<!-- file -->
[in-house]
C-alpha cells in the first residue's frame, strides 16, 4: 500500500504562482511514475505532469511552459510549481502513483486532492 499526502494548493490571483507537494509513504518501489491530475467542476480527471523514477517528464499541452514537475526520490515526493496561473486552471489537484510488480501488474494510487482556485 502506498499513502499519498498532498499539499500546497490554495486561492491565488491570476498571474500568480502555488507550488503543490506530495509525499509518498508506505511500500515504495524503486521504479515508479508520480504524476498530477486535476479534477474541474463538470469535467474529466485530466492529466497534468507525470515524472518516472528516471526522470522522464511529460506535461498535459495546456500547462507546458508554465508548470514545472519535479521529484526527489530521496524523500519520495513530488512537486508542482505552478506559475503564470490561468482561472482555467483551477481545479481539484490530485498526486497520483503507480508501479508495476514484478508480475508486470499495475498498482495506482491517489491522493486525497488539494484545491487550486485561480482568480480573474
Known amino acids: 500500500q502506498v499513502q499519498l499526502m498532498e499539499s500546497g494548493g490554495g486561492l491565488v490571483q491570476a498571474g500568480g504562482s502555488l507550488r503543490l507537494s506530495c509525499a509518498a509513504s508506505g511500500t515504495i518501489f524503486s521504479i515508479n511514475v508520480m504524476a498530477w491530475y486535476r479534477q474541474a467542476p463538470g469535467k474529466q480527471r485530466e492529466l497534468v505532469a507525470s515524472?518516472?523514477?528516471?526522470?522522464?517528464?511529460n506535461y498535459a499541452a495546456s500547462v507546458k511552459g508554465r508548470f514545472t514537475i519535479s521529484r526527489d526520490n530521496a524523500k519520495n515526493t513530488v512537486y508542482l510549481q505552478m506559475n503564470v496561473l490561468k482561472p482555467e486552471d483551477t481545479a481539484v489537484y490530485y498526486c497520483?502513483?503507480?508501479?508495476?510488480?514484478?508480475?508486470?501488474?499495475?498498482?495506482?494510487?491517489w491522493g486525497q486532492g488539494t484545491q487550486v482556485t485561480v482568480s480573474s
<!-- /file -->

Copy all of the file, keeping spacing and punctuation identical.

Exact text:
[in-house]
C-alpha cells in the first residue's frame, strides 16, 4: 500500500504562482511514475505532469511552459510549481502513483486532492 499526502494548493490571483507537494509513504518501489491530475467542476480527471523514477517528464499541452514537475526520490515526493496561473486552471489537484510488480501488474494510487482556485 502506498499513502499519498498532498499539499500546497490554495486561492491565488491570476498571474500568480502555488507550488503543490506530495509525499509518498508506505511500500515504495524503486521504479515508479508520480504524476498530477486535476479534477474541474463538470469535467474529466485530466492529466497534468507525470515524472518516472528516471526522470522522464511529460506535461498535459495546456500547462507546458508554465508548470514545472519535479521529484526527489530521496524523500519520495513530488512537486508542482505552478506559475503564470490561468482561472482555467483551477481545479481539484490530485498526486497520483503507480508501479508495476514484478508480475508486470499495475498498482495506482491517489491522493486525497488539494484545491487550486485561480482568480480573474
Known amino acids: 500500500q502506498v499513502q499519498l499526502m498532498e499539499s500546497g494548493g490554495g486561492l491565488v490571483q491570476a498571474g500568480g504562482s502555488l507550488r503543490l507537494s506530495c509525499a509518498a509513504s508506505g511500500t515504495i518501489f524503486s521504479i515508479n511514475v508520480m504524476a498530477w491530475y486535476r479534477q474541474a467542476p463538470g469535467k474529466q480527471r485530466e492529466l497534468v505532469a507525470s515524472?518516472?523514477?528516471?526522470?522522464?517528464?511529460n506535461y498535459a499541452a495546456s500547462v507546458k511552459g508554465r508548470f514545472t514537475i519535479s521529484r526527489d526520490n530521496a524523500k519520495n515526493t513530488v512537486y508542482l510549481q505552478m506559475n503564470v496561473l490561468k482561472p482555467e486552471d483551477t481545479a481539484v489537484y490530485y498526486c497520483?502513483?503507480?508501479?508495476?510488480?514484478?508480475?508486470?501488474?499495475?498498482?495506482?494510487?491517489w491522493g486525497q486532492g488539494t484545491q487550486v482556485t485561480v482568480s480573474s